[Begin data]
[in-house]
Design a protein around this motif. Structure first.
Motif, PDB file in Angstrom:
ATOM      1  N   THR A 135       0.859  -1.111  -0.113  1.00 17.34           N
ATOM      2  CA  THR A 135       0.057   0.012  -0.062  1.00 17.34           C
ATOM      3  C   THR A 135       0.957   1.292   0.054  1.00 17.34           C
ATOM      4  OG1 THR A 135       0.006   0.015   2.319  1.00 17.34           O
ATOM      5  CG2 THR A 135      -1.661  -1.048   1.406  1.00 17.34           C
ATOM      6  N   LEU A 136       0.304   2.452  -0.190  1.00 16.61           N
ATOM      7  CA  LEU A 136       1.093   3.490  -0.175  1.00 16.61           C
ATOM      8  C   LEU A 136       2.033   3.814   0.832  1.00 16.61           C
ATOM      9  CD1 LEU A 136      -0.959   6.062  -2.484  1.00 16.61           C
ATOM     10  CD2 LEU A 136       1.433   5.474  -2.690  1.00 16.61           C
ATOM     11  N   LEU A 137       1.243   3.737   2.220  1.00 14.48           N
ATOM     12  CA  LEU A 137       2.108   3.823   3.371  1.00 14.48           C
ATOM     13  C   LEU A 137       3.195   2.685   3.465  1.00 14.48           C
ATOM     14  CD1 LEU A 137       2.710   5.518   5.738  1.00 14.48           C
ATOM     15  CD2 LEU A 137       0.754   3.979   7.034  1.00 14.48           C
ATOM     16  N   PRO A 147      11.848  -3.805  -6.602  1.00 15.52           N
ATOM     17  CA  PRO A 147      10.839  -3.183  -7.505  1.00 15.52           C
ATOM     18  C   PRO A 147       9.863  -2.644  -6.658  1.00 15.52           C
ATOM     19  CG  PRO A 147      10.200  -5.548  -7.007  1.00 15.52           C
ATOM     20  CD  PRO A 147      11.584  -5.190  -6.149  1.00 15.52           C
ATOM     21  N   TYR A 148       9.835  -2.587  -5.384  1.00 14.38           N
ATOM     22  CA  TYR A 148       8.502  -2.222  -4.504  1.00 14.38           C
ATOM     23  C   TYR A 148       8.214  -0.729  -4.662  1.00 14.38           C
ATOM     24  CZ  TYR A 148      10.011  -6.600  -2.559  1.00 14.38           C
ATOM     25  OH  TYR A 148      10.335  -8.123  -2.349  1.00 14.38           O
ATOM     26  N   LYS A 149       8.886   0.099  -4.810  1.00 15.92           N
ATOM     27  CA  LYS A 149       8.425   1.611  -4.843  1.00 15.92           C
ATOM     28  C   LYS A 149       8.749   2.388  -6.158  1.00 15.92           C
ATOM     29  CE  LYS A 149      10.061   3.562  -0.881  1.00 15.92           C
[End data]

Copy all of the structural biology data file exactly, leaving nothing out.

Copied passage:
[in-house]
Design a protein around this motif. Structure first.
Motif, PDB file in Angstrom:
ATOM      1  N   THR A 135       0.859  -1.111  -0.113  1.00 17.34           N
ATOM      2  CA  THR A 135       0.057   0.012  -0.062  1.00 17.34           C
ATOM      3  C   THR A 135       0.957   1.292   0.054  1.00 17.34           C
ATOM      4  OG1 THR A 135       0.006   0.015   2.319  1.00 17.34           O
ATOM      5  CG2 THR A 135      -1.661  -1.048   1.406  1.00 17.34           C
ATOM      6  N   LEU A 136       0.304   2.452  -0.190  1.00 16.61           N
ATOM      7  CA  LEU A 136       1.093   3.490  -0.175  1.00 16.61           C
ATOM      8  C   LEU A 136       2.033   3.814   0.832  1.00 16.61           C
ATOM      9  CD1 LEU A 136      -0.959   6.062  -2.484  1.00 16.61           C
ATOM     10  CD2 LEU A 136       1.433   5.474  -2.690  1.00 16.61           C
ATOM     11  N   LEU A 137       1.243   3.737   2.220  1.00 14.48           N
ATOM     12  CA  LEU A 137       2.108   3.823   3.371  1.00 14.48           C
ATOM     13  C   LEU A 137       3.195   2.685   3.465  1.00 14.48           C
ATOM     14  CD1 LEU A 137       2.710   5.518   5.738  1.00 14.48           C
ATOM     15  CD2 LEU A 137       0.754   3.979   7.034  1.00 14.48           C
ATOM     16  N   PRO A 147      11.848  -3.805  -6.602  1.00 15.52           N
ATOM     17  CA  PRO A 147      10.839  -3.183  -7.505  1.00 15.52           C
ATOM     18  C   PRO A 147       9.863  -2.644  -6.658  1.00 15.52           C
ATOM     19  CG  PRO A 147      10.200  -5.548  -7.007  1.00 15.52           C
ATOM     20  CD  PRO A 147      11.584  -5.190  -6.149  1.00 15.52           C
ATOM     21  N   TYR A 148       9.835  -2.587  -5.384  1.00 14.38           N
ATOM     22  CA  TYR A 148       8.502  -2.222  -4.504  1.00 14.38           C
ATOM     23  C   TYR A 148       8.214  -0.729  -4.662  1.00 14.38           C
ATOM     24  CZ  TYR A 148      10.011  -6.600  -2.559  1.00 14.38           C
ATOM     25  OH  TYR A 148      10.335  -8.123  -2.349  1.00 14.38           O
ATOM     26  N   LYS A 149       8.886   0.099  -4.810  1.00 15.92           N
ATOM     27  CA  LYS A 149       8.425   1.611  -4.843  1.00 15.92           C
ATOM     28  C   LYS A 149       8.749   2.388  -6.158  1.00 15.92           C
ATOM     29  CE  LYS A 149      10.061   3.562  -0.881  1.00 15.92           C